Cutting through a forest of controversy and opposing opinions is a revelatory experience. I have not much to add to the following answer to what is moral progress.

Waking Up with Sam Harris – #48 What is Moral Progress

Sam Harris:

If you picture our world much better than it is, in moral terms, what do you picture there? What are the most important ways our morality — just speaking globally, collectively — can improve? What does the world look like at that moment?

Peter Singer:

Well, the world takes much greater notice of suffering and misery, wherever it is happening, and to whoever it's happening to. When I say 'whoever', I don't only mean human beings, I mean non-human animals as well. When we are talking about human beings, whether they are close to us, whether they are, for example, fellow Americans, whether they are people living in distant countries who we'll never meet. And still, we have the view that it's bad that there should be avoidable suffering and for that matter avoidable premature death. So, I would see this as a world in which we use our resources more effectively than we are now, in order to assist people in extreme poverty, to help them to live better lives, to help them to have enough to eat, adequate healthcare, education for their children, and opportunities by hard work and diligence to get out of poverty. Because I think that global poverty is one major source of avoidable misery.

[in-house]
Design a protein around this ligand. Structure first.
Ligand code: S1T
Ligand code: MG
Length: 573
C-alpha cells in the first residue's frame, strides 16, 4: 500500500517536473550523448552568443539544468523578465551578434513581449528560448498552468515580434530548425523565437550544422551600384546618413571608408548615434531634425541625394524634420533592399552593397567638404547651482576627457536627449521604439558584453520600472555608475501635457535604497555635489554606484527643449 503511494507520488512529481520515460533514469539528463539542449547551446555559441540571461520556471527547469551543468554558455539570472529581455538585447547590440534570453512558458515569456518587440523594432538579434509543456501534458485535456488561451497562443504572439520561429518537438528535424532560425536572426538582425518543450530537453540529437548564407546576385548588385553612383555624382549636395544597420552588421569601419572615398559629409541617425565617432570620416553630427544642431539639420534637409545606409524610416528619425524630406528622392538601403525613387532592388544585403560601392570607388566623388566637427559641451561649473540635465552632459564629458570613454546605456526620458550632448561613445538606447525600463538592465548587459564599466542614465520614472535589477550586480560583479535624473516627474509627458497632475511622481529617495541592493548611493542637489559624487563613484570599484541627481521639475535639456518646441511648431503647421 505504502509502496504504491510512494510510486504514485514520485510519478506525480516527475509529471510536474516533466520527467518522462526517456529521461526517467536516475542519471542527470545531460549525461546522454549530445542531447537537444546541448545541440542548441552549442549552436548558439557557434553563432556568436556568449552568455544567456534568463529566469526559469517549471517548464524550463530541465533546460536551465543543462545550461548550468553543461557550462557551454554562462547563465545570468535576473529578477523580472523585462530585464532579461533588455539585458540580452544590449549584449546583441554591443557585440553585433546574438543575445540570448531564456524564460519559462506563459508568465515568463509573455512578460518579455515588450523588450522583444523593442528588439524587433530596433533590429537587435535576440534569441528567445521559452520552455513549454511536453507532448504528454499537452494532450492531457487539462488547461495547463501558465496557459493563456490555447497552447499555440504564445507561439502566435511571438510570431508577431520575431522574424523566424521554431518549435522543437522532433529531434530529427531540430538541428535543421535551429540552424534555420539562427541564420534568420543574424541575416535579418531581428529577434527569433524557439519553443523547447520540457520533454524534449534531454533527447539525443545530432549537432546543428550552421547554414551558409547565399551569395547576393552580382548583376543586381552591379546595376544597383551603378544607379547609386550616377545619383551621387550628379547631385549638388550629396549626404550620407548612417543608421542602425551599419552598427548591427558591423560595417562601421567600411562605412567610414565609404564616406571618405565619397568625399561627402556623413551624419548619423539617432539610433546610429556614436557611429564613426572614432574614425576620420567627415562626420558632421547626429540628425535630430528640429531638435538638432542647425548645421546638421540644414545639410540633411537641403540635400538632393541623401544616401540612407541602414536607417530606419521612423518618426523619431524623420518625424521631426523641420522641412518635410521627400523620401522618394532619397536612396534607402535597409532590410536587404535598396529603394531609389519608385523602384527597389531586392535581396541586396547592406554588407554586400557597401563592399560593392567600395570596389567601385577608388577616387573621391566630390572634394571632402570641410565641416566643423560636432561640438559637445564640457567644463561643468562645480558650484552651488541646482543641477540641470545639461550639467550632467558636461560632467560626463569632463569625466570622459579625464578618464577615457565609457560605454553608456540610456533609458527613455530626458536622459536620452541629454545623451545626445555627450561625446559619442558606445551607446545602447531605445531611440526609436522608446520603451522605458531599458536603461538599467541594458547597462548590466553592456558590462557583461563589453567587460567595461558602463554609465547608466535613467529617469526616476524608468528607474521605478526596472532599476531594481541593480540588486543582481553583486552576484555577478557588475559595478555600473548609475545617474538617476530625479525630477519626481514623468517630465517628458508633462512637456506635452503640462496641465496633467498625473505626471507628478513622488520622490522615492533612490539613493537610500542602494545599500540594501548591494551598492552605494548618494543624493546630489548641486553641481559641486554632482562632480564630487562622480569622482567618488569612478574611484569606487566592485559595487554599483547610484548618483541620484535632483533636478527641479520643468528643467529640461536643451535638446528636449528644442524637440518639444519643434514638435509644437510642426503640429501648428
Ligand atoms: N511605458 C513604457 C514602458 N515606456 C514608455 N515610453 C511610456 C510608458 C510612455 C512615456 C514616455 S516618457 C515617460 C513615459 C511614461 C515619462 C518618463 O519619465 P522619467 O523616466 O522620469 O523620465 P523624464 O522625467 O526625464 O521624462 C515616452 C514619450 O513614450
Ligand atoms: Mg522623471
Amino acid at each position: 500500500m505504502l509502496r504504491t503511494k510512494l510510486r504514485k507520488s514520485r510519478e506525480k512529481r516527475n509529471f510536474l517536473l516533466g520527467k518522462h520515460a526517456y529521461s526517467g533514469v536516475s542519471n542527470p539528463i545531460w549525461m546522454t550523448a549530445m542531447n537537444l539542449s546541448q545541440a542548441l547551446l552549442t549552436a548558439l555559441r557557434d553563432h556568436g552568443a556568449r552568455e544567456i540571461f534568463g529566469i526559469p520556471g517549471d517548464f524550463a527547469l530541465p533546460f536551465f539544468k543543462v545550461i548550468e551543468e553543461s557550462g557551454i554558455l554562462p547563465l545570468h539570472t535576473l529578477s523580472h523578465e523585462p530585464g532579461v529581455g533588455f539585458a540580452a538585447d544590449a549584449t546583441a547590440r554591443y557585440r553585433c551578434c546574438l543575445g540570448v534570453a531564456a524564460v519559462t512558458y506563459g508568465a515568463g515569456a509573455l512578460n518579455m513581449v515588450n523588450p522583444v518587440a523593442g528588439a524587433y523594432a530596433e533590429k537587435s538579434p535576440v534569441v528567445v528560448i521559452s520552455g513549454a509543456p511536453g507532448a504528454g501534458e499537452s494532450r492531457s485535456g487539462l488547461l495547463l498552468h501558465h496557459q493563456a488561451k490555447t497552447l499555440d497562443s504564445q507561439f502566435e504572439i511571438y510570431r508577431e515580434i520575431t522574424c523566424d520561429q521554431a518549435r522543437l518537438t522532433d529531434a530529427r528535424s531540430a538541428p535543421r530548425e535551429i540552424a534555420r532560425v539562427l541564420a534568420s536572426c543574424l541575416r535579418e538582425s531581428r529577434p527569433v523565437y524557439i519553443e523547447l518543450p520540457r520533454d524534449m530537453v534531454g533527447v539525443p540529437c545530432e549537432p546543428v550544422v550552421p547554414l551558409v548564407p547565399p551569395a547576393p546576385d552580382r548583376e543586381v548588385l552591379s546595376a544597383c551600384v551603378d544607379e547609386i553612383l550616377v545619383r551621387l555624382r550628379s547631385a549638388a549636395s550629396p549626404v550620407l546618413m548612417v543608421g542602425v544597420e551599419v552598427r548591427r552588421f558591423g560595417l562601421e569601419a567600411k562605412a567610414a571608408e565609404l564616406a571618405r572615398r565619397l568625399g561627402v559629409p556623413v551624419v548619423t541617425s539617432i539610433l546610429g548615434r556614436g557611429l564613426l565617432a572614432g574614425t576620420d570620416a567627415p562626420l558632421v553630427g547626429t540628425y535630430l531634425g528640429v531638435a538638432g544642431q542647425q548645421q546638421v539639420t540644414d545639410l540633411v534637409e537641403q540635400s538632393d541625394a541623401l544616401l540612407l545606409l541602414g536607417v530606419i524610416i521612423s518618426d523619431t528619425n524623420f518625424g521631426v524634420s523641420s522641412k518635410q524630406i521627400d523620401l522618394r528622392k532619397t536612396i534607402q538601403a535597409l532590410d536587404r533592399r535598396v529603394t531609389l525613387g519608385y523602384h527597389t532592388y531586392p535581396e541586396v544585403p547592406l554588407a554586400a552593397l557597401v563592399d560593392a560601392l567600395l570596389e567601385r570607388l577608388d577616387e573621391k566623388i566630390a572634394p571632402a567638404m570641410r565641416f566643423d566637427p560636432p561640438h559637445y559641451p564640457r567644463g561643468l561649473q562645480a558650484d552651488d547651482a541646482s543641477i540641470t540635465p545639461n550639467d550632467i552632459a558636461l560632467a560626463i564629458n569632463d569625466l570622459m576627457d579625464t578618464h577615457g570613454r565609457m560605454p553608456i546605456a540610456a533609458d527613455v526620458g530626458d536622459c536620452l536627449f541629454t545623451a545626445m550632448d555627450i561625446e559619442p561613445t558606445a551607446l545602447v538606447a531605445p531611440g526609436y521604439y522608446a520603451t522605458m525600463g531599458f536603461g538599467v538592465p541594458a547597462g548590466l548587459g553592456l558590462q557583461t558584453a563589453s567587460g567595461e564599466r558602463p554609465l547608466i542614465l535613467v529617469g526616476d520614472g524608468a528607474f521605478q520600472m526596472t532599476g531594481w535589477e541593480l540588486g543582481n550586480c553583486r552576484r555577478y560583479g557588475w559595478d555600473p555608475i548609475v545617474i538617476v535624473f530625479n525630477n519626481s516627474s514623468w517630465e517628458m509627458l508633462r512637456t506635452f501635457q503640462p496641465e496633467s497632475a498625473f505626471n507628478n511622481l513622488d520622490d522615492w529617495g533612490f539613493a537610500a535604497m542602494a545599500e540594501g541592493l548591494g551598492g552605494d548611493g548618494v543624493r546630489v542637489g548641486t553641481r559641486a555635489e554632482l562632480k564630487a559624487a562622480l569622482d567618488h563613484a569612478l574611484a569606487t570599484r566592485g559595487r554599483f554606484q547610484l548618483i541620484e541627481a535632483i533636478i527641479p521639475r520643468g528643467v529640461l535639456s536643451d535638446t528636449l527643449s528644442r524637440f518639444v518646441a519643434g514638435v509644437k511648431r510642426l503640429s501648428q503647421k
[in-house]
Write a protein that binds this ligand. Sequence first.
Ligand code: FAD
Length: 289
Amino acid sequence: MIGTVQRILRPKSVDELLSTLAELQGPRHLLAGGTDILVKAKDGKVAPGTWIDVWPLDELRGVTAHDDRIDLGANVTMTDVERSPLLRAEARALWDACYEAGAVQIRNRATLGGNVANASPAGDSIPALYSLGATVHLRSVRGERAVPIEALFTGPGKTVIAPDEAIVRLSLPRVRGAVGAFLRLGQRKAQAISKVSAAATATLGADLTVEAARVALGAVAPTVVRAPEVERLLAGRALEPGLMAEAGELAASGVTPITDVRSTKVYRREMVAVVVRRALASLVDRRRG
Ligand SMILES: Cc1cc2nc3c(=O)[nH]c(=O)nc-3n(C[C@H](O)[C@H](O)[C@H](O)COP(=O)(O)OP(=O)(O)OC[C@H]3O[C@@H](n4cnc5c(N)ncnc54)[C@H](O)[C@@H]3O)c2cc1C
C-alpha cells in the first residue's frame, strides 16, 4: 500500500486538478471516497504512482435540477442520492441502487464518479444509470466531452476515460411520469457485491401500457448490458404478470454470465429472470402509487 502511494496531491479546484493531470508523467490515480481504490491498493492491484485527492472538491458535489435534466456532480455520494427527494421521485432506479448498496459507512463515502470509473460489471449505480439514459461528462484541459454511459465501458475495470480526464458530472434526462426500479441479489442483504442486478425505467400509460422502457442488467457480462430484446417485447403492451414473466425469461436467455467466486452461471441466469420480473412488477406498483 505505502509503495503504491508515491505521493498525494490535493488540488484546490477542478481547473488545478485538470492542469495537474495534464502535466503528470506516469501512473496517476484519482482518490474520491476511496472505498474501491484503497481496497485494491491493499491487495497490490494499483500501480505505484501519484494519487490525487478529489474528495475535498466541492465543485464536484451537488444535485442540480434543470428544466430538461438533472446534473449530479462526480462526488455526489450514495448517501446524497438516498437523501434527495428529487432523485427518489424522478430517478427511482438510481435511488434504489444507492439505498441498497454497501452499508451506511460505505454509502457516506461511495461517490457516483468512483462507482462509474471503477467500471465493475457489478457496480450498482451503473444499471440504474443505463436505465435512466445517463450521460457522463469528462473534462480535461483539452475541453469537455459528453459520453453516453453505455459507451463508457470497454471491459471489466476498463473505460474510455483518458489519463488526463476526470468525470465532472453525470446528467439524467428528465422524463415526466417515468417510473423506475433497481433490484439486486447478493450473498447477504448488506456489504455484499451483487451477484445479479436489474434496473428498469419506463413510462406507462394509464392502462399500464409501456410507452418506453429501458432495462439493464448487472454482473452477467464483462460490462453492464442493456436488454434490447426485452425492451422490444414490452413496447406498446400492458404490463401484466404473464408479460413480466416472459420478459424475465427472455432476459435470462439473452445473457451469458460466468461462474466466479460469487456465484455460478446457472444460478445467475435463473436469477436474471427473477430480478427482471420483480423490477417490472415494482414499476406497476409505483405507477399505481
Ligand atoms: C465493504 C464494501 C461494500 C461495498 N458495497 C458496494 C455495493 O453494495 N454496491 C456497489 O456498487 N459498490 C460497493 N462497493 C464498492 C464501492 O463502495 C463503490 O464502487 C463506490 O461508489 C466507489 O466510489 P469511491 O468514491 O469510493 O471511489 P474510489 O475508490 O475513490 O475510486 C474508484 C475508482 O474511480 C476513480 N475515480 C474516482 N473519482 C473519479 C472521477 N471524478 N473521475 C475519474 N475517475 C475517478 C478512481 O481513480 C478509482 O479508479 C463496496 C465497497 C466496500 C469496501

It would also be a world, as I was saying, in which we extend our concern to non-human animals, so we would not have a world in which — as we currently do — something like animals are raised and killed for food each year, the vast majority of them living miserable lives confined in factory farms, intensive farms, often crowded, so they don't have room to walk around. And the whole system being, in any case, a net waste of food, causing net food loss, because we have to feed these animals grain which we could otherwise eat directly ourselves. […] So essentially that's how I would see moral progress: As reducing avoidable misery and suffering and, where possible, making people happier, more fulfilled, more satisfied with the life they're living.

I would even consider this the definition of progress in general.